"One of the strangest mysteries [about Stonehenge] is why those giant stones were dragged to an unremarkable Salisbury hillside instead of being erected where they were originally found. Now it seems we have an answer - some of them were already there." Source: Science Alert (April 2018).
"Archaeologist Mike Pitts - one of few researchers to ever perform excavations within Stonehenge - has found evidence that two of the monument's biggest and most important stones, called sarsens, may have been at the site for millions of years."
Comment: I was kind of surprised when I read this story. I thought it was well established that the stones used to build Stonehenge were somehow transported to the site, apparently over a long distance, and that archaeologists / geologists had identified the areas where the stones were quarried. The main question was how these gigantic stones were transported and people have been coming up with various theories over the years.
Now it turns out that the stones (or at least some of them) may not have been transported from somewhere else at all. This makes a lot of sense, actually. According to Occam's Razor, when you're faced with a problem, the simplest solution tends to be the right one. In the case of Stonehenge, if nobody can figure out how Neolithic people could have moved these stones over such large distances, the simplest answer is that they didn't have to move them because they were already there.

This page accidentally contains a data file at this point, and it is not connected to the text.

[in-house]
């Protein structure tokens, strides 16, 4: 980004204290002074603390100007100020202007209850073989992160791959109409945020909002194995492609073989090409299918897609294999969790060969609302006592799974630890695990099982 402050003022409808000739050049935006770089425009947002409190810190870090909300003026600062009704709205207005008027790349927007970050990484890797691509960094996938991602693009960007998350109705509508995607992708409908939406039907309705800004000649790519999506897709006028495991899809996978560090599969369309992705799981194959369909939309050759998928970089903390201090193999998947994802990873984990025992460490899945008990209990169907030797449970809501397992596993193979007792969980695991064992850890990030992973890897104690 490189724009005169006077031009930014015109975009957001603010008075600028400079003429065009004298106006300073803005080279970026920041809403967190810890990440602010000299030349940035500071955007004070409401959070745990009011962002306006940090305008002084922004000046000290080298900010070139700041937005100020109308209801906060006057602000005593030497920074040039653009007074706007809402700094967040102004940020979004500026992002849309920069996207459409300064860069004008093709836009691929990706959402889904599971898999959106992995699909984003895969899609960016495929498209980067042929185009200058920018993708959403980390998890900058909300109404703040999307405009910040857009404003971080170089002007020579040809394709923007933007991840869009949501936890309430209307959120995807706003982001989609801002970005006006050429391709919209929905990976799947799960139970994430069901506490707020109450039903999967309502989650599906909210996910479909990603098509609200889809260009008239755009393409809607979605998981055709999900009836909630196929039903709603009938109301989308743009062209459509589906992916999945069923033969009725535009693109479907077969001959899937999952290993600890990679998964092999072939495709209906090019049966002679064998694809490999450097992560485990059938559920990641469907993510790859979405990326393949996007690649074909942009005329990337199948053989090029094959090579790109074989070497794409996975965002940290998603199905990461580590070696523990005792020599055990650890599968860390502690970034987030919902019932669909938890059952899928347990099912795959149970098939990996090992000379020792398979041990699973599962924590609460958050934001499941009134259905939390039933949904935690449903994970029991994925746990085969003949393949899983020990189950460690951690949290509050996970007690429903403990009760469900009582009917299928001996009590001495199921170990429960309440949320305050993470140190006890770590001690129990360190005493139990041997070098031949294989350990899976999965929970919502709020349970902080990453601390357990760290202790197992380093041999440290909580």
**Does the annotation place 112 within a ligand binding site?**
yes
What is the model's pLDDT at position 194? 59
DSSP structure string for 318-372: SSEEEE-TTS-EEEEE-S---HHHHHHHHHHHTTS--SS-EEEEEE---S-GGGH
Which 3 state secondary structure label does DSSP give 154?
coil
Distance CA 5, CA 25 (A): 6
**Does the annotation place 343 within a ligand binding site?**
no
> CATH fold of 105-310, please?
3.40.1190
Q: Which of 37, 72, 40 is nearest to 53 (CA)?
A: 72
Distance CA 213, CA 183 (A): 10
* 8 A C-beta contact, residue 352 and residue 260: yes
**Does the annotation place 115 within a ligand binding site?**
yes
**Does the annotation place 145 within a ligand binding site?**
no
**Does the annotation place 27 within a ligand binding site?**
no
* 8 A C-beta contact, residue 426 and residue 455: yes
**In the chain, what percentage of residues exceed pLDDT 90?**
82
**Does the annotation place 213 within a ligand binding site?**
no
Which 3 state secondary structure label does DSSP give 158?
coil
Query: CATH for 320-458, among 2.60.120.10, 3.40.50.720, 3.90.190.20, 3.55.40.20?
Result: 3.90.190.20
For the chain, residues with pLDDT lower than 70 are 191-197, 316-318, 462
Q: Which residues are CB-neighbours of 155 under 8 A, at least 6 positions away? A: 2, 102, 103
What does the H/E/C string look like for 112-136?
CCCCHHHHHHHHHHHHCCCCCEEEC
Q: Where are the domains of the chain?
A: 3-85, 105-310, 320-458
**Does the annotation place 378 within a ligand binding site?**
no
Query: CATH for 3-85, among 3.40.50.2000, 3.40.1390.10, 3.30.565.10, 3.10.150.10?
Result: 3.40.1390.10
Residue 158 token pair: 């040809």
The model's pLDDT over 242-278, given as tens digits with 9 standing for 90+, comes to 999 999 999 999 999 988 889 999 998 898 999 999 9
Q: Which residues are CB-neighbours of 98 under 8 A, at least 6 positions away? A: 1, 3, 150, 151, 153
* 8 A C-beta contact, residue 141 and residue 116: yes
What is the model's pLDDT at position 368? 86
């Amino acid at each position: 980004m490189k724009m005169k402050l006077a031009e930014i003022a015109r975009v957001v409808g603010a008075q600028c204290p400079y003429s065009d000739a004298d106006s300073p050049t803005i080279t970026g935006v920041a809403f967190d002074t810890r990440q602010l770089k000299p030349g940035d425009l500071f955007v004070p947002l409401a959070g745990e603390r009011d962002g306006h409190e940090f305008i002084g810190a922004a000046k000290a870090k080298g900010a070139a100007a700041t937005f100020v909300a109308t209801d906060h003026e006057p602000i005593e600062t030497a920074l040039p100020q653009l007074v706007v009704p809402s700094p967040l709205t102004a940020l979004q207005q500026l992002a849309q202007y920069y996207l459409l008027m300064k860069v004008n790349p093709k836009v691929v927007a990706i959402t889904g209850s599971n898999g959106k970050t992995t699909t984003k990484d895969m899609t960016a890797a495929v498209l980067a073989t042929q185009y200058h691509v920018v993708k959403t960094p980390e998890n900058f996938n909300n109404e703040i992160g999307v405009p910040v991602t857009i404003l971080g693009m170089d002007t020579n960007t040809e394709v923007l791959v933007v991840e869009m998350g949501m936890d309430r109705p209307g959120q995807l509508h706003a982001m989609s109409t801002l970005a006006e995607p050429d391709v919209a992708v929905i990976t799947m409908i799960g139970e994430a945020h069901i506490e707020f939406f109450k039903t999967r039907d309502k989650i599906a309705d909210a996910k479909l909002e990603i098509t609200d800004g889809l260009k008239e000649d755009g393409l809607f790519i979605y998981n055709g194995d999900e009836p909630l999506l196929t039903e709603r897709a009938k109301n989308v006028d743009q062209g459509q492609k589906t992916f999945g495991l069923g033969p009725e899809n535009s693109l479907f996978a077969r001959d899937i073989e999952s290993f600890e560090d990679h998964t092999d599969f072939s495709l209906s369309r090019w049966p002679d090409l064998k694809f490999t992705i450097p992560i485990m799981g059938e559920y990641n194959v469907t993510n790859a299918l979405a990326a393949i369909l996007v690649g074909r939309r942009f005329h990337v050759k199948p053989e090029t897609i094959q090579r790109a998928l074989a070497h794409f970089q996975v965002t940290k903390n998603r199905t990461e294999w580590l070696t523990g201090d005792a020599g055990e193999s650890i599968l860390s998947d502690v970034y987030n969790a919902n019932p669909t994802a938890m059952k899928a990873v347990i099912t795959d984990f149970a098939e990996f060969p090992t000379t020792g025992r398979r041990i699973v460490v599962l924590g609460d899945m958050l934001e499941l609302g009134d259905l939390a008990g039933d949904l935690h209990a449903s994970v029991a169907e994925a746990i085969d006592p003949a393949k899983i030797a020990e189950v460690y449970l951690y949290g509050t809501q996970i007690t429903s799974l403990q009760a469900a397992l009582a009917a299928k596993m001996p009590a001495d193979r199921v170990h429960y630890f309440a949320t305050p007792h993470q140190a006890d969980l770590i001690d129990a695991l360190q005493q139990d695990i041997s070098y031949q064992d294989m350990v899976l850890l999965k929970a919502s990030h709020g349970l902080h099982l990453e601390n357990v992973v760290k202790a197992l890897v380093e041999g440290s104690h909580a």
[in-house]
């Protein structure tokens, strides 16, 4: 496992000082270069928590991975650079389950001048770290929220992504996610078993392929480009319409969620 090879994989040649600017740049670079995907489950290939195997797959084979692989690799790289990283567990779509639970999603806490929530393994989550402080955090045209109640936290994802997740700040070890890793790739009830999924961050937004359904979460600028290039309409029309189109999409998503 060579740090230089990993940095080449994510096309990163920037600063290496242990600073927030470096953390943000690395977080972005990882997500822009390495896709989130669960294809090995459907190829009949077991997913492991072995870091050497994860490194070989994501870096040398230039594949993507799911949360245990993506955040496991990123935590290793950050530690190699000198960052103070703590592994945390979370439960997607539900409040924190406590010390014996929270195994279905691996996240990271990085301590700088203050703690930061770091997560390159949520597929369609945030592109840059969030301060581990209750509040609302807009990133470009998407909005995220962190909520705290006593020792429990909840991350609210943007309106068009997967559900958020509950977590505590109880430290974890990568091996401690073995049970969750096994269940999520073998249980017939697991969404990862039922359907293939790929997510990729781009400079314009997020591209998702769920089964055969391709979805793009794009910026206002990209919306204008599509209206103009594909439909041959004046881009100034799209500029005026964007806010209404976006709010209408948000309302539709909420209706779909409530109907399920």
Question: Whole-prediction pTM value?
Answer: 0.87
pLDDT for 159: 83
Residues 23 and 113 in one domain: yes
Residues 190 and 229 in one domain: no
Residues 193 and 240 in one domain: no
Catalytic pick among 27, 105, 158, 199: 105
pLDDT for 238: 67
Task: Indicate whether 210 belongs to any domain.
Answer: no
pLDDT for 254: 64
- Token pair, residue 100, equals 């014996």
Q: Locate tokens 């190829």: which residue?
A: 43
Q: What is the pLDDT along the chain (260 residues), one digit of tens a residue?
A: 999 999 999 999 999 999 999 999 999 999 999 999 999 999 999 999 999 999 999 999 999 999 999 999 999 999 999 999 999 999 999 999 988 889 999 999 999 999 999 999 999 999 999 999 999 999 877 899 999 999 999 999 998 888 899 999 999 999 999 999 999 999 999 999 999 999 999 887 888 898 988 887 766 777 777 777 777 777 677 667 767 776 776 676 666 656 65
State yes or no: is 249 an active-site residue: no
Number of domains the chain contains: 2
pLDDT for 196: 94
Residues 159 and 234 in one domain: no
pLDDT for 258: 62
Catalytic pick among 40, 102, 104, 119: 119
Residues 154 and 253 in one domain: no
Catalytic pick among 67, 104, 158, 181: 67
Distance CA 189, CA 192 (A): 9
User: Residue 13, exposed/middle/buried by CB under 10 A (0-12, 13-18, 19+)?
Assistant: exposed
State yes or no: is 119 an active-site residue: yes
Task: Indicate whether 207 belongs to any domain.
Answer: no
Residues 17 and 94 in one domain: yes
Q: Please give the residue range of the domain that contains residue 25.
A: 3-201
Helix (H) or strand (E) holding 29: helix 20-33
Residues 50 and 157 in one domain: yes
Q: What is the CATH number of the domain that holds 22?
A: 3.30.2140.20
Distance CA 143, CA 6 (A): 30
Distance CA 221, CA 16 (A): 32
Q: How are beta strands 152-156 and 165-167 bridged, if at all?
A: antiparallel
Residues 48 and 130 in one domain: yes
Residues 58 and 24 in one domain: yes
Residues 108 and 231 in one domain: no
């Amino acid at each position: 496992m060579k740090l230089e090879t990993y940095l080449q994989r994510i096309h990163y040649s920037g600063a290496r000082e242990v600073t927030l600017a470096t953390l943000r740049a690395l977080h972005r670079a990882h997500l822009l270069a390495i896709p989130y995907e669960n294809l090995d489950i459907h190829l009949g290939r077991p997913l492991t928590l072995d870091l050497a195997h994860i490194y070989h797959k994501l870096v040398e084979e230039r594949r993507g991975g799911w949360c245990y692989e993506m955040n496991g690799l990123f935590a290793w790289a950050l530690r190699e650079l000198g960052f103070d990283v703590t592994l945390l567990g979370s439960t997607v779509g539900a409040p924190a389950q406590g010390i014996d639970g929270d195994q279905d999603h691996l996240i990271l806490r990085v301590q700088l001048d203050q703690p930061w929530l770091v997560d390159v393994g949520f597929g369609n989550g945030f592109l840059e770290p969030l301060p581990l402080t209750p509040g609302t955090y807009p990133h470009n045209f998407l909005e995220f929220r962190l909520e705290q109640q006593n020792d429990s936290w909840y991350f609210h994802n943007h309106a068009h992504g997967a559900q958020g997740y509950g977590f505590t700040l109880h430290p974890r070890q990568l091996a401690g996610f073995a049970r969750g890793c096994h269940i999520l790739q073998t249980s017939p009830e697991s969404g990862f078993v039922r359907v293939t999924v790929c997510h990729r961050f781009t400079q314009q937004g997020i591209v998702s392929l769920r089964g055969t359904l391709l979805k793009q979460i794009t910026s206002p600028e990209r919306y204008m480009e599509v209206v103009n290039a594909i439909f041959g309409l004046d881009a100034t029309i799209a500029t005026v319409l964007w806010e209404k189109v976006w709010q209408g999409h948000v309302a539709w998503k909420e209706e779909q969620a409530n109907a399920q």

Even if this is true, however, it still doesn't solve the problem of how the stones were shaped, raised and positioned. One way or another, Stonehenge is a masterpiece of prehistoric engineering and the absence of written records means that we'll never know for sure how it was constructed. There are only a limited number of ways it could have been done, though, so the ultimate answer will probably just be a list of possible techniques.